The Security Council veto:An Israeli Privilege [Archives:2003/670/Opinion]

September 22 2003

It is well known that the veto (sometimes called “Executive Authority”) is an exclusive right of the Five Permanent Members of the United Nations Security Council. But in actuality, the veto is also a right accorded to Israel, which is not even a member of the UNSC – permanent or non-permanent. In fact, one might surmise that the veto has been used by the United States for the benefit of Israel more than it has been used for its own indigenous needs or policy considerations. This usage would surely be considered as out of context with the intended real purposes for which this privilege was granted, not to mention the damage this does to the UN's image internationally.
Of all the times the veto was used by the United States in the Security Council, this has been done in most cases with Israel being the implicit beneficiary. In almost all such cases, most, if not all of the members of the Security Council voted for the “vetoed” resolution and the US veto of the respective decree only became an obstacle to the effectiveness of a resolution called for by the Council as an effective means of undertaking the Council's role as an international peacemaker. It is worth mentioning that even in most of the cases that a UN resolution was passed against Israel, or not to the liking of Israel, by the Security Council (or the General Assembly), these resolutions were met with outright defiance by Israel and could not find any avenues for their enforcement. This makes the Zionist state the greatest violator of UN resolutions and the worst renegade of international legitimacy.
As a founding member of the United Nations and an important contributor to the principles behind the establishment of the UN and the rules by which the international organization operates, this unusual use of “Executive Privilege” for the implied benefit of a non-deserving member gives the renegade state special status, which is not even enjoyed by countries like Japan and Germany, which have considerably more international economic weight or even India (without seeming to take sides in the Indo-Pakistani dispute), which has a sizable chunk of the world's population.
How can the United States allow itself to appear as it seems an “agent” for Israel in the Security Council? That is a question that perplexes the minds of many political analysts. This misuse of a special privilege, on behalf of another unruly member state will continue to have a severe effect on the role of the United States as a responsible user of a privilege granted to it based on the assumption that the US is a leading advocate of world peace and fair treatment of all member states. This will also have a damaging effect on the ability of the UN to carry out its peacekeeping function, responsibly and effectively.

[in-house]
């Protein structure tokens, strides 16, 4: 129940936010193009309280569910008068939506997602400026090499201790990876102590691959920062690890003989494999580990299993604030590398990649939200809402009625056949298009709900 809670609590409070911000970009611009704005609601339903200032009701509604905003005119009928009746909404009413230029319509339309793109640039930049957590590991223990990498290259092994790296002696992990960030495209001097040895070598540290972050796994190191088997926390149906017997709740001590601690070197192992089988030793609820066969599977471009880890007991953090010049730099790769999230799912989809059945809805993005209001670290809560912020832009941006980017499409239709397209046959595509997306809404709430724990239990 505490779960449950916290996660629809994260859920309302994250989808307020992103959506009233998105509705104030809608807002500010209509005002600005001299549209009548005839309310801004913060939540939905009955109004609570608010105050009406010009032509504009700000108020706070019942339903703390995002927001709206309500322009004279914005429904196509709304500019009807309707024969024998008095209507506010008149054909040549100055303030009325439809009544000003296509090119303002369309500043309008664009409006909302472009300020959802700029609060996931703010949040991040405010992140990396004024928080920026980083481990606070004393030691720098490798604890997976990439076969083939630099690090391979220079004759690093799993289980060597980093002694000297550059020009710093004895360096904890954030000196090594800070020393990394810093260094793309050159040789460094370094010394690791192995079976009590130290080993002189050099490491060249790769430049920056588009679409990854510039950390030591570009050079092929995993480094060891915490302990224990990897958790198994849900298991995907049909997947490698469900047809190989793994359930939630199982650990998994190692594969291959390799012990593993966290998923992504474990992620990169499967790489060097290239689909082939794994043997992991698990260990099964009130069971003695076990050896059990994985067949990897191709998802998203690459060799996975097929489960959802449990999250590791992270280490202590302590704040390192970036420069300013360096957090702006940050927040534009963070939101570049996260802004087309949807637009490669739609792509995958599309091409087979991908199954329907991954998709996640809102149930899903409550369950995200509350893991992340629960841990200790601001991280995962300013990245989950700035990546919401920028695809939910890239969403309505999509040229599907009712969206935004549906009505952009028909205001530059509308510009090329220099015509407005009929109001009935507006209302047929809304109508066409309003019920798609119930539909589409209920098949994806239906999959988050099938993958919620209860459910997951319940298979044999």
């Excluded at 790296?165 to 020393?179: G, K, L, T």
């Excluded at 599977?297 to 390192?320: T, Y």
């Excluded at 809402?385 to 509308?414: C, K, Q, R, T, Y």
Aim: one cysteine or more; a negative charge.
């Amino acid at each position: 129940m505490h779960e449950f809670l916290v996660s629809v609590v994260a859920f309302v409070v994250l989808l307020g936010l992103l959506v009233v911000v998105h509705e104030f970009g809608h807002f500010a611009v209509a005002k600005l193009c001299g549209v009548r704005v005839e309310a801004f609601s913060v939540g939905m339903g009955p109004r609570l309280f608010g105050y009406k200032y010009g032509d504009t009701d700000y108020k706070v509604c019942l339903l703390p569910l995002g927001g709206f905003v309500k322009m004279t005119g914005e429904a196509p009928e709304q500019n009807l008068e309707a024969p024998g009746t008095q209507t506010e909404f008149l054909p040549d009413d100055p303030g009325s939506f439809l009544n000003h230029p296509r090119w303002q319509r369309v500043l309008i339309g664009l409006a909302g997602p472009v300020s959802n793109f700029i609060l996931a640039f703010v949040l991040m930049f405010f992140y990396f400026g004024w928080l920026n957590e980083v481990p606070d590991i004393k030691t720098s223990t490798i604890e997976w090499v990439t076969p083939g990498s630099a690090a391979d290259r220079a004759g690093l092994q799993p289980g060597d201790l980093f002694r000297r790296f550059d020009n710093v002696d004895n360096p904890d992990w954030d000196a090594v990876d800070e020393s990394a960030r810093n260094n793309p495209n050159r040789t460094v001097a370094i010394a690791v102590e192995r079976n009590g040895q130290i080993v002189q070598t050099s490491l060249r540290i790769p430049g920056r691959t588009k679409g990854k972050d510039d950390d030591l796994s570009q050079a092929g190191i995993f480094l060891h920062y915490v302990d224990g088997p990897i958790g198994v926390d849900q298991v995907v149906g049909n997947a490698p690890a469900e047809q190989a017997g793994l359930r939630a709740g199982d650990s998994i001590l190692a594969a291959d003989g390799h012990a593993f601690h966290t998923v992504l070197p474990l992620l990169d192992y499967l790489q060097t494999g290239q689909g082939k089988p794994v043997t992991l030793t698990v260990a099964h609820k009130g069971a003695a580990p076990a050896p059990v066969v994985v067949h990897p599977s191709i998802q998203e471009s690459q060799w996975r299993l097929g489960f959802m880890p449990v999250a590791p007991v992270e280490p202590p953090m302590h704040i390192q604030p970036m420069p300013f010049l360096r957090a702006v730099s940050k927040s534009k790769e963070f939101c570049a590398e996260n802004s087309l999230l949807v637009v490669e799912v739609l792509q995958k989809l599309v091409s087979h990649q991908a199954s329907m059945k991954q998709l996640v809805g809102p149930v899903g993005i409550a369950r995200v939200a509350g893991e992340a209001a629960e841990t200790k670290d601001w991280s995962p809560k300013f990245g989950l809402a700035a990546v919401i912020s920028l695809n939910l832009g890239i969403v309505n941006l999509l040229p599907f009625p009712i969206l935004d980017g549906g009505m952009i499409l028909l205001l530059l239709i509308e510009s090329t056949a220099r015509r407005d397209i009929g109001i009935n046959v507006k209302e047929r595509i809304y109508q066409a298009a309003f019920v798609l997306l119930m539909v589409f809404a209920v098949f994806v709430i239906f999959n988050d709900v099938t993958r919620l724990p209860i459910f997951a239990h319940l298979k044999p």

This brings us to the last use of the “veto” by the United States in the latest session of the Security Council, which called for Israel to rescind its “Security Cabinet” decision to give the Government of the Zionist state discretion in removing (by any means) the legally and democratically elected President of the Palestine Authority.
Earlier during the week, the White House and the State Department indicated that they were not comfortable with the Israeli Government decision, in one way or another. Accordingly, one would expect that this lack of comfort should have coincided with the international community's view that such a decision is simply unacceptable and represents a serious threat to any efforts to bring about any peace in the Holy Land. Surely, this lack of consistency in US foreign policy does not help to enhance the image of the United States internationally and in the Arab World.
Perhaps the Bush Administration is under too much pressure from the Zionist lobby in the United States, especially as the Presidential Elections approaches and the chances of a victory for George W. Bush get dimmer, if performance is to be a major factor in the voters' decisions. But to purely rely on the strength of the support to be obtained from the Zionist supporters (pro-Israel organizations and so-called evangelist supporters of Israel) will only be construed as contempt for the wisdom of the American voters. If all that matters in the Bush Administration's view of Government is Israel, than surely the American public will not be taken for fools so easily. Whatever the case, the United States has, over the past three years, been led to embark on several shadowy adventures, all promulgated by Zionist or so called evangelical-Zionists, which have surely not been favorable to the United States as far as the population of the region are concerned. This continuing attitude of blind support for the Zionist state does not help convince the Arab public (we rule out any official positions at the moment, since official views and public concerns in the Middle East have yet to find converging points) that there are any genuine sincere intentions behind the present White House Administration's misguided adventures in the region and the lack of concern for the sensitivities of the Arab and Moslem people of the world.
Even President Bush's hasty news conference with King Abdullah of Jordan last week, had a strong tasteless flair to it, when Mr. Bush made his obviously undiplomatic statement about Mr. Arafat, which was probably an elaboration of the US veto. This not only indicates a lack of diplomatic courtesy toward's his guest, but is damaging to the image of HM King Abdullah amongst his constituency, which is largely Palestinian.
It is worth noting that many of the leading papers in the United States were not in agreement with the wisdom of the Israeli Government's latest arrogant decision.